If you can’t resolve the problem to your satisfaction, ask to speak to an ombudsman. If this doesn’t work, the next avenue of recourse is your state department of insurance. Though most state offices just forward the complaint to the company, it does add pressure on them to resolve the matter. You could also consider filing a complaint with your state department of consumer affairs or the Better Business Bureau.
If you have exhausted other options and feel your insurance company is violating the terms of your policy, you can take legal action. If the amount in question is small enough, use the small claims court. Otherwise, consider getting a lawyer.
Expert Interview: Carole Walker
Carole Walker has served since 1998 as executive director of the Rocky Mountain Insurance Information Institute, a nonprofit trade organization that covers Colorado, New Mexico, Utah and Wyoming. She is also a member of the Colorado Teen Driving Alliance.
Let’s start with a really basic question: Why do I need to buy car insurance?
First and foremost, because it’s required by law in most states. In addition, it’s to protect your assets. If you don’t have insurance and cause an accident, it can put you in financial ruin if you are taken to court. Think of it as a small investment to cover this large risk.
How should consumers decide how much coverage they need?
Look at your car insurance policy as six separate policies. Look at what’s required by law, what’s optional, then discuss what makes sense for you with your agent.
Consider things like your assets and how much medical coverage you already have. The minimum required by law is usually bare bones, and is very low if you look at the costs you could potentially face in a claim settlement. You should strongly consider more coverage if you can afford it.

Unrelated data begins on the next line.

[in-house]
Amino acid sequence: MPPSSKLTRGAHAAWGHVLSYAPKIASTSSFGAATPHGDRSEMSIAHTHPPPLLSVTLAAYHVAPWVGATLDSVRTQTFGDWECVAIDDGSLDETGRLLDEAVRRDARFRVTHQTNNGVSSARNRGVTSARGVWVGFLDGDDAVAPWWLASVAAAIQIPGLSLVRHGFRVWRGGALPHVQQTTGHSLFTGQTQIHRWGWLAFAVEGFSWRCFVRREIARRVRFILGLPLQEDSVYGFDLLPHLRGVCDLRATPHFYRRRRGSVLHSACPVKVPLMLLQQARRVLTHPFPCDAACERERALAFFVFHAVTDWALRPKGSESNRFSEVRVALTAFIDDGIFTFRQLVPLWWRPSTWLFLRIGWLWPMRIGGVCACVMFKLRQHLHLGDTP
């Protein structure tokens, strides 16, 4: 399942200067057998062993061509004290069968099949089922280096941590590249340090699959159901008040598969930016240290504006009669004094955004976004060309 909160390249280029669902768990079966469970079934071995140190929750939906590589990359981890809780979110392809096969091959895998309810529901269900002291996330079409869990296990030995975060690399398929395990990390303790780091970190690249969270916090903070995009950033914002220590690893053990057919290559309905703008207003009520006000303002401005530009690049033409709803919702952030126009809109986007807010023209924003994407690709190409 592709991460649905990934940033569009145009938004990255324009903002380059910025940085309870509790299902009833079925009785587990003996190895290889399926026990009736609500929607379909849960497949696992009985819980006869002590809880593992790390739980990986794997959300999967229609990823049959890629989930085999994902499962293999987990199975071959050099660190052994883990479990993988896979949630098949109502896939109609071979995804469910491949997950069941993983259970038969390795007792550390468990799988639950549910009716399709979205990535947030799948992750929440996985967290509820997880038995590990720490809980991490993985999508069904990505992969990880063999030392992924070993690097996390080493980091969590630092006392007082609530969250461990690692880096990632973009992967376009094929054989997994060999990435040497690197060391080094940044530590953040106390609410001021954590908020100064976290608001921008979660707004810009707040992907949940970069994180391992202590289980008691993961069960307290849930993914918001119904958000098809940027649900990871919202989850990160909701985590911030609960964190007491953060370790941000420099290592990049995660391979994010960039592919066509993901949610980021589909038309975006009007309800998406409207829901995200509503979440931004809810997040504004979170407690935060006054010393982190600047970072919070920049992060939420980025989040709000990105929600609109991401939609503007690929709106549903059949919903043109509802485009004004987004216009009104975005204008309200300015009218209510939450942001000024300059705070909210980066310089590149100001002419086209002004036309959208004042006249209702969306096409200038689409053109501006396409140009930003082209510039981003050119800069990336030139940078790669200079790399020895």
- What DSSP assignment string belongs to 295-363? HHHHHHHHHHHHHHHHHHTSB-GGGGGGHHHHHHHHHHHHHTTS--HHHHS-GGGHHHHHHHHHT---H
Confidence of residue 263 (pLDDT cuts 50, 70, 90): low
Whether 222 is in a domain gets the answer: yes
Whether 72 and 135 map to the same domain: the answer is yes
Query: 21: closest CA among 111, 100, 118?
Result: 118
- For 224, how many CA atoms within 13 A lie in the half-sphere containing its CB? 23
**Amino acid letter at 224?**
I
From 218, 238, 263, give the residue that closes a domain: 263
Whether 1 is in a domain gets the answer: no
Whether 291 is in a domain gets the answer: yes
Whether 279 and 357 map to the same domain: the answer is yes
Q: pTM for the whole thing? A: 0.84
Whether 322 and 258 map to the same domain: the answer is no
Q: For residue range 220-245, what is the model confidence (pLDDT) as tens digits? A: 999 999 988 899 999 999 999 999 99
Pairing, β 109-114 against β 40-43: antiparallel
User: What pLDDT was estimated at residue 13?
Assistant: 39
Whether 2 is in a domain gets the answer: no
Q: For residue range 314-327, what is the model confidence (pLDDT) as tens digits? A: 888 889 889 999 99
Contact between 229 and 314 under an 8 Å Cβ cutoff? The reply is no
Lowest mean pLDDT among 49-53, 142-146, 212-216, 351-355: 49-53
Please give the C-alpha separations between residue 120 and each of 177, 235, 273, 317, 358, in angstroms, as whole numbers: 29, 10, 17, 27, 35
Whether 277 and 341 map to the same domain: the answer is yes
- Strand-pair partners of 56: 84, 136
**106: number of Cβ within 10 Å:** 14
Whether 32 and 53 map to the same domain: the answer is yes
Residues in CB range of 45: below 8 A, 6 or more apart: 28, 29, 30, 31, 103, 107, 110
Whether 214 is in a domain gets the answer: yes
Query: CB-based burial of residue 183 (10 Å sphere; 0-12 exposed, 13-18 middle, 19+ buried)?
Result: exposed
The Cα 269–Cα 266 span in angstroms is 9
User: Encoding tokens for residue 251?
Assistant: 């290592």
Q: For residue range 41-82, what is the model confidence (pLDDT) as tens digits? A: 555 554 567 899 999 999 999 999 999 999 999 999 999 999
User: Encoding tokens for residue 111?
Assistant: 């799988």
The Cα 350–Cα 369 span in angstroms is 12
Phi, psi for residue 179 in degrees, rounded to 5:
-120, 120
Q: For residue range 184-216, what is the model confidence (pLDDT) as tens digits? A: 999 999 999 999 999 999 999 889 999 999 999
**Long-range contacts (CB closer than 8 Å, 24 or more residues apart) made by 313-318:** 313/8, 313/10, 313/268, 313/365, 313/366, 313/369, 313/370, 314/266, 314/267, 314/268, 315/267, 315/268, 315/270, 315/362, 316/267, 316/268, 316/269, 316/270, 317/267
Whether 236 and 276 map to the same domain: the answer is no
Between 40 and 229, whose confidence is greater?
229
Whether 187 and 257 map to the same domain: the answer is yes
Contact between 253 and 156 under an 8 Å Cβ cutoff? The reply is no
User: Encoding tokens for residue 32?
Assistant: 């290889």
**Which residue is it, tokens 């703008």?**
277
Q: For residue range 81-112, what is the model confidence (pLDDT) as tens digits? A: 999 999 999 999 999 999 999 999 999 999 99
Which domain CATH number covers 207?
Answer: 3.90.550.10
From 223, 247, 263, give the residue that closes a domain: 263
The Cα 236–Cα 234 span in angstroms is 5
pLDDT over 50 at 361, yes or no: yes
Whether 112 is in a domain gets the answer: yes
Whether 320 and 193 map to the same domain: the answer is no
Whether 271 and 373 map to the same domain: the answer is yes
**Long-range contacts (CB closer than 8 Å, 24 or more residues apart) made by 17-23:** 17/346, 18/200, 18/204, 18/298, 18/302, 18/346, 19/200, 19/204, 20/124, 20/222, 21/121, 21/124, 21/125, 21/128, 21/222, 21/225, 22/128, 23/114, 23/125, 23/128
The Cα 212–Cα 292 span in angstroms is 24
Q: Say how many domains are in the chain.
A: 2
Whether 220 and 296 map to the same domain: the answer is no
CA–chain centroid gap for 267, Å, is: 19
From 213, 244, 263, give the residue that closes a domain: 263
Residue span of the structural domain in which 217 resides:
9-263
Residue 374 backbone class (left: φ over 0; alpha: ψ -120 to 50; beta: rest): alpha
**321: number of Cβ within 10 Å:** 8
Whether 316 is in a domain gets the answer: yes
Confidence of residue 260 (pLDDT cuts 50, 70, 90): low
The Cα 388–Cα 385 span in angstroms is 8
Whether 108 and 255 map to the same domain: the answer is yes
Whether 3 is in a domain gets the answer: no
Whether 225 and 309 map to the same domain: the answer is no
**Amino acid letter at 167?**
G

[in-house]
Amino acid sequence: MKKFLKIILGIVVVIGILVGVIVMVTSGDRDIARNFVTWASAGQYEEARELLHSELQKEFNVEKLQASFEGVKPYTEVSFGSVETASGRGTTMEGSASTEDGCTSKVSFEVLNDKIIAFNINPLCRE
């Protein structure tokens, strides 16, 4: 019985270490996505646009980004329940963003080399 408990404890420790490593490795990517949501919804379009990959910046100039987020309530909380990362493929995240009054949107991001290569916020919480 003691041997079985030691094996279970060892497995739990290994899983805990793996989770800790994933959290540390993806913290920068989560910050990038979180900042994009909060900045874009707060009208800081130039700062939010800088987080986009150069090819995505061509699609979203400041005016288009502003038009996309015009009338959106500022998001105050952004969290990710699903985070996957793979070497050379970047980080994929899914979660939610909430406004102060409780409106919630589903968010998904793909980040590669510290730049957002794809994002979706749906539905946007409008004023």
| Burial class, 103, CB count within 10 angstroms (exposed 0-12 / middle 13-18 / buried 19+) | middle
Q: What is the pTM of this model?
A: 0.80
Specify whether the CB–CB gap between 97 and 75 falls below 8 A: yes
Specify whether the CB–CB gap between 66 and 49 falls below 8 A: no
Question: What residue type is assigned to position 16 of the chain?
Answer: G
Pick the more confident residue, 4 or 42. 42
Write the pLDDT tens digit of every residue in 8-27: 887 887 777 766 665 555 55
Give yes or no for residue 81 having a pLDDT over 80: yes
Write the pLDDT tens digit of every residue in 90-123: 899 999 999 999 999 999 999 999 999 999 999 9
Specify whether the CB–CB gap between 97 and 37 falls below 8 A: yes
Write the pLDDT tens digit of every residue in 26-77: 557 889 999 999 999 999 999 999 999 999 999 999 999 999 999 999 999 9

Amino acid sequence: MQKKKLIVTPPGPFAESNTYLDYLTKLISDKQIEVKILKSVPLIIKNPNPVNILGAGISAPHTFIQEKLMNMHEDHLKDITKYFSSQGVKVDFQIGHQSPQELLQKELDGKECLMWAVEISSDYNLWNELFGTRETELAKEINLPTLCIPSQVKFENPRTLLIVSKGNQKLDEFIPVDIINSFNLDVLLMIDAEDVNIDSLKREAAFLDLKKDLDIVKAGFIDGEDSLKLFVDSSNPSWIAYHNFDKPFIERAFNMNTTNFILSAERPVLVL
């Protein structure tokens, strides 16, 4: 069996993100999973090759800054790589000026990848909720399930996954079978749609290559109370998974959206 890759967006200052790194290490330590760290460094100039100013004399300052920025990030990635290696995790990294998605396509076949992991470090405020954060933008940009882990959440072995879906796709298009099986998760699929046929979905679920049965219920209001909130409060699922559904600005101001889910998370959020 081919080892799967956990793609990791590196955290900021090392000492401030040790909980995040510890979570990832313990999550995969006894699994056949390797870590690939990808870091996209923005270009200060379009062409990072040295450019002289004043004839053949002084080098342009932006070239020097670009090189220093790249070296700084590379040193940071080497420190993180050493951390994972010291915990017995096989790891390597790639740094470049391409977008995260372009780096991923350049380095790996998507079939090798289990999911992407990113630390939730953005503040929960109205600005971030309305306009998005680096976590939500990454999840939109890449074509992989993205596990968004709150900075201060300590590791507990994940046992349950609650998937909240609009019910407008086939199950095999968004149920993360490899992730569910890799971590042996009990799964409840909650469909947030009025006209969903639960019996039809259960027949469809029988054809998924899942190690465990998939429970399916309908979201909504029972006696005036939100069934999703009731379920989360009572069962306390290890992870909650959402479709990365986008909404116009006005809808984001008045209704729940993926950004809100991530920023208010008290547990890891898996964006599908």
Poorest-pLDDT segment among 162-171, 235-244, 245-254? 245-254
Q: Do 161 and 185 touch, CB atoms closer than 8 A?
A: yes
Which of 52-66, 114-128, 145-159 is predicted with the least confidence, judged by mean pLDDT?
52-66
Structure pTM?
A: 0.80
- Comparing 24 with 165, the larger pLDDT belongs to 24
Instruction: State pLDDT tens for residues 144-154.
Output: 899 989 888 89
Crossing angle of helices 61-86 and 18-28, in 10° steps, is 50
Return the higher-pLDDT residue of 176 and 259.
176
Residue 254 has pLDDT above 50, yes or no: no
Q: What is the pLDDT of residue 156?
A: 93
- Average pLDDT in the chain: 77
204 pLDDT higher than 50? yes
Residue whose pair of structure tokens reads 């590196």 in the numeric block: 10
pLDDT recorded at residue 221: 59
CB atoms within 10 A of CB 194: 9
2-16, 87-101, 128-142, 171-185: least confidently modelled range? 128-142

Remember the insurance isn’t just for you; it is for your passengers as well. Think about your driving behavior – are you a carpool mom or dad carrying around a lot of kids? You’re responsible for them too.
Often people don’t think about their type and level of coverage until they are filing a claim, and that’s the last time you should be considering this. By then it’s too late.
Is uninsured motorist coverage worth it?
Uninsured or underinsured motorist coverage is optional in many states. But [if you don’t buy it], you’re basically trusting that everyone else is carrying enough insurance — and we know that’s not the case. If someone who is uninsured causes an accident, they might be responsible for your costs. But if they couldn’t afford to buy insurance in the first place, your chances of getting paid are pretty slim.
When should I skip collision and comprehensive insurance?
People consider dropping collision and comprehensive insurance on older vehicles, as they may consider that it’s not worth the cost. Consider the risks in state you live in – for example, if you get a lot of hail storms, a lot of car thefts, or a lot of deer on the road. If you drop comprehensive coverage and a hail storm comes through, you will have to pay for your damages out of pocket. Think about whether you can afford to fix or replace your vehicle if you don’t have comprehensive insurance.
Why would I need medical payments coverage if I have health insurance?
First party medical coverage is additional coverage you can purchase to have your insurance company pay your bills regardless of who causes the accident. It may pay for an ambulance ride, an ER visit and medical bills, for example.
All too often people expect their medical insurance to cover their bills after an accident. Of course it’s important to have good health insurance for any instance, but it’s important to understand what your own health insurance covers. In a car accident, even if someone else is at fault, it may take a while to get it covered by your health insurance. This insurance could cover your initial medical costs.